We left Miami at sunset, heading north. As it happens, there is another service dog aboard. Both were given bath-towel-sized mats made of artificial grass -- puppy potties. The other dog (an elderly Westie) has no problem with this arrangement, but Xingxing won’t go near it. Apparently, it hurts his feet. (It doesn’t feel anything like grass; more like blunt, plastic needles)
Azamara Quest staff were more than willing to accommodate us. They built Xingxing a 4x4 shallow wooden box, filled it with cedar chips and placed it at the sheltered end of one of the decks. I bought a little, plastic replica of a fire hydrant which is supposedly impregnated with smells that encourage a dog to pee on it, and I put that in the box as well. Xingxing jumped into the box and walked round and sniffed, but it was clear he did not associate it with doing what dogs do.
We were at sea all day and all night. Xingxing didn’t pee, and didn’t poop. The cedar chips were brand new and they didn’t smell right. (The plastic fire hydrant was also unconvincing) Xingxing was waiting to be taken outdoors. Problem was, outdoors was the Atlantic Ocean.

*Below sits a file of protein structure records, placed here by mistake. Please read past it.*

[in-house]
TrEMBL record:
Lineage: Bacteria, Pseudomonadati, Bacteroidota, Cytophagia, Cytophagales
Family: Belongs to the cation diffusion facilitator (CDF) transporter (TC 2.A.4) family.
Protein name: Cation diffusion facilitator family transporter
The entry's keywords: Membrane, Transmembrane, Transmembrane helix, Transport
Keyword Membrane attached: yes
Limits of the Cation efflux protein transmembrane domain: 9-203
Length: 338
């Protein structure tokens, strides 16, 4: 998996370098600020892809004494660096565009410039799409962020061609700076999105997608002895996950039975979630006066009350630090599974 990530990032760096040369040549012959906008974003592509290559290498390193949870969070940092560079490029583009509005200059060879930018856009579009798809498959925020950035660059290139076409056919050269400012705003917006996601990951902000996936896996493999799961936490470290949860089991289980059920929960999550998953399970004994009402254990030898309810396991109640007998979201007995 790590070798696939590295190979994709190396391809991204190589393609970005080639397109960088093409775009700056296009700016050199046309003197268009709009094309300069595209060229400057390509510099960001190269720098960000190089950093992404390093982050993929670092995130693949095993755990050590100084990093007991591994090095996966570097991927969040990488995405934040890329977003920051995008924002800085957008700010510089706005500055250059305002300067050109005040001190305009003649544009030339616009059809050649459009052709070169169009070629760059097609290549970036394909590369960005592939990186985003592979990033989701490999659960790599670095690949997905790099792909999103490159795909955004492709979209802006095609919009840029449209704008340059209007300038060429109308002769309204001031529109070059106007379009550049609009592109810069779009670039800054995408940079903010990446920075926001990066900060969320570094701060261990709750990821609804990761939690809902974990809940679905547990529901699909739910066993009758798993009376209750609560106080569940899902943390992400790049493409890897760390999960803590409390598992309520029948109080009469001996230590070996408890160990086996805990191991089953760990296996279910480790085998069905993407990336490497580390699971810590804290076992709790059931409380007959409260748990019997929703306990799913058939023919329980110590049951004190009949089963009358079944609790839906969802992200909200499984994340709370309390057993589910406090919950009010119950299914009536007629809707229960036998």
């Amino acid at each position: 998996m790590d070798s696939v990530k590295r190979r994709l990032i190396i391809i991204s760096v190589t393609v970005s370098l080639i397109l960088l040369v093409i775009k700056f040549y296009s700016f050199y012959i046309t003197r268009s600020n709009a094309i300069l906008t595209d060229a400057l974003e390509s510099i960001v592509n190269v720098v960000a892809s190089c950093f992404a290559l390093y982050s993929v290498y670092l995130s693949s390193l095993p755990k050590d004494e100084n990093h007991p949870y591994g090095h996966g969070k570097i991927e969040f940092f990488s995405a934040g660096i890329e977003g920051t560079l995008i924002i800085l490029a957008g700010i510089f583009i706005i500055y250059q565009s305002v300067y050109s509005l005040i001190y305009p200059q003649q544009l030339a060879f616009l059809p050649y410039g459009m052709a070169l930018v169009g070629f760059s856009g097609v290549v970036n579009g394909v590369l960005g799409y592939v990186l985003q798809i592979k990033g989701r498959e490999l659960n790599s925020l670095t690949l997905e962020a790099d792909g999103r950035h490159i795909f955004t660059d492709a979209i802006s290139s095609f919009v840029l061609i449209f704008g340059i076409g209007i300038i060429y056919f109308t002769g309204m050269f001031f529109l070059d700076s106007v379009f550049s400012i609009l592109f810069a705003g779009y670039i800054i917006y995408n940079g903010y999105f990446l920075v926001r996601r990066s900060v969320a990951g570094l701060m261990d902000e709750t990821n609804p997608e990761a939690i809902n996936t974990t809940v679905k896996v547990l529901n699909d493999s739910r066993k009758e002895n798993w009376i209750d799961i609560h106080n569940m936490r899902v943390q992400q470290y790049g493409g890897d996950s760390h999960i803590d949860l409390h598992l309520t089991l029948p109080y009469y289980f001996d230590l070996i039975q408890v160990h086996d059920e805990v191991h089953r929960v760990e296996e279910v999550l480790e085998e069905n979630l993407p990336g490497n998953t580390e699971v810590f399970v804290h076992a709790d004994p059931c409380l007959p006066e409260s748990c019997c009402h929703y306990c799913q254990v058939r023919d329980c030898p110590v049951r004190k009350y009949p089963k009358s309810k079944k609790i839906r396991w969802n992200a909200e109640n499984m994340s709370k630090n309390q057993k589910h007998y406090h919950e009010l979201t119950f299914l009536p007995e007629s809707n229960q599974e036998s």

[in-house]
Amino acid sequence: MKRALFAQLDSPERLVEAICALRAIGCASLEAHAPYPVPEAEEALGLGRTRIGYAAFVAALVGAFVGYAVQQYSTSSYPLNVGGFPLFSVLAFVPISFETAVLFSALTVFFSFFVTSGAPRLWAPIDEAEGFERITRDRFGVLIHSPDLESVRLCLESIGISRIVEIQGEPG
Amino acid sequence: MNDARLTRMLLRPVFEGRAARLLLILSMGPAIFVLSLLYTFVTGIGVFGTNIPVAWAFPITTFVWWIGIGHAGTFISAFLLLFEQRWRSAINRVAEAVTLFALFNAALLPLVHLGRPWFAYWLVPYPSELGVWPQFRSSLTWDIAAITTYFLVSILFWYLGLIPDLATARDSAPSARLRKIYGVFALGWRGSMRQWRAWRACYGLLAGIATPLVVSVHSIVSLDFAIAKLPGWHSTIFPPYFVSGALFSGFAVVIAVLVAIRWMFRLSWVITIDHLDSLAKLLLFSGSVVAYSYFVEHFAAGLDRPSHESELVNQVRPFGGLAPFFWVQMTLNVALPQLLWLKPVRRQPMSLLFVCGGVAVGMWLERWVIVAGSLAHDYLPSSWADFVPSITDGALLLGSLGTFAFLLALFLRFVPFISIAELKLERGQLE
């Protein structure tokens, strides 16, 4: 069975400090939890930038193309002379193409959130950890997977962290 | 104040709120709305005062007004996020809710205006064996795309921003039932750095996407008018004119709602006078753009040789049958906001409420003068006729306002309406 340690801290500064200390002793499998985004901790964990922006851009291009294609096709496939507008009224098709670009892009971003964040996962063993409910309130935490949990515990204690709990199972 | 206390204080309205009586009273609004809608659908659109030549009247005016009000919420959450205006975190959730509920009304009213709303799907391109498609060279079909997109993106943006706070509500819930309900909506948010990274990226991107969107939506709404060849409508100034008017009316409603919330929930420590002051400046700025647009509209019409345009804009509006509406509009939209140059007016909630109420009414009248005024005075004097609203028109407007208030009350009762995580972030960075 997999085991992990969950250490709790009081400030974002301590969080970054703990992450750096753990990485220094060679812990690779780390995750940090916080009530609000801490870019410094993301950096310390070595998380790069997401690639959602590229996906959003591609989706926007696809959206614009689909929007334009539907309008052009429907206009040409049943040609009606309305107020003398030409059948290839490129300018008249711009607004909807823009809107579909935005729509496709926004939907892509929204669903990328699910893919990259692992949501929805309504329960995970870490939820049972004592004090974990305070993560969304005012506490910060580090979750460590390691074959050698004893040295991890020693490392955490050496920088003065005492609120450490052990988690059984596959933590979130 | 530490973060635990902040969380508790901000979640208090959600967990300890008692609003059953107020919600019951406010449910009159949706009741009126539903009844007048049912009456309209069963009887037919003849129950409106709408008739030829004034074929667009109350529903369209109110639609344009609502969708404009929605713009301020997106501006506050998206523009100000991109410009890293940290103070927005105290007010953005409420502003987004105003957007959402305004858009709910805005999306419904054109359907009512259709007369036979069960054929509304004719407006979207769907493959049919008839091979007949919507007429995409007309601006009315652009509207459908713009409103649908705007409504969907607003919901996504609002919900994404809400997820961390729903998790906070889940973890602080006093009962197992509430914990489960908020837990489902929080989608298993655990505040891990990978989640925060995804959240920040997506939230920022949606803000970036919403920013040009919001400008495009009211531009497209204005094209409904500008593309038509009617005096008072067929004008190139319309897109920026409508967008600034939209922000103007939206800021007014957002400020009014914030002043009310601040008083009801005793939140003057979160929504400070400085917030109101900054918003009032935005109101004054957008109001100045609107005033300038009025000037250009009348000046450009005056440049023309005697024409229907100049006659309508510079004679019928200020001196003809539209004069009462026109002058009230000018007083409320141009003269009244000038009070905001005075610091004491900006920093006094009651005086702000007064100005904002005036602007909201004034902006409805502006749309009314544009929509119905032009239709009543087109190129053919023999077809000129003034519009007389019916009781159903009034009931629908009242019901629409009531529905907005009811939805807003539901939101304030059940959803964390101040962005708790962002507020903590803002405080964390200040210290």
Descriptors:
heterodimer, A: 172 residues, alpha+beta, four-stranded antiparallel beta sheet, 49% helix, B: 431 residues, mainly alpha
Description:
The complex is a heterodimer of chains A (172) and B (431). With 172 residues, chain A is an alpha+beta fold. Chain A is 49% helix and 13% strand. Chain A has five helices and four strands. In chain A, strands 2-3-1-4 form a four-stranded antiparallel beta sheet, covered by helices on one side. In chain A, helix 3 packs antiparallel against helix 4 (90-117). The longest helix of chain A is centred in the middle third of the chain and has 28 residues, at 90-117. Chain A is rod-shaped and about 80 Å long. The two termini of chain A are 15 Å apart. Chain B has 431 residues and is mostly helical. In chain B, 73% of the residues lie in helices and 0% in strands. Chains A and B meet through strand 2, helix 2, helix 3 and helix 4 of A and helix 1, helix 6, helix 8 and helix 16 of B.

I was getting frantic. So I approached the owner of the Westie. I was thinking maybe if her dog would pee in Xingxing’s box, it might get things rolling. When I explained the problem, she gave me a withering look and said her dog was trained. End of conversation. In her place, I’d have wanted to help. She didn’t.
When we finally got off the ship at Charleston -- our first port of call -- Xingxing lifted his leg and peed for nearly a minute, non-stop. Then he pooped. And then he pooped again. Problem solved, for the moment. But when we leave Charleston, we’ll have two full days at sea.
A local veterinarian suggested that while we were on land, I soak up Xingxing’s urine with bits of newspaper, which I could then tear into small pieces and scatter among the cedar chips. Or I could try catching his urine in a paper cup. Have you ever tried catching a small dog’s urine in a paper cup? I went with the newspaper.
Xingxing would lift his leg and then I’d carefully sop it up with newspaper. The first time I did this in the streets of Charleston a gentleman tapped me on the shoulder. Really, he said. You don’t have to do that. I guess he thought I was being a truly, truly responsible dog owner!
I don’t know what we’ll do if this doesn’t work. But I’m hoping it will.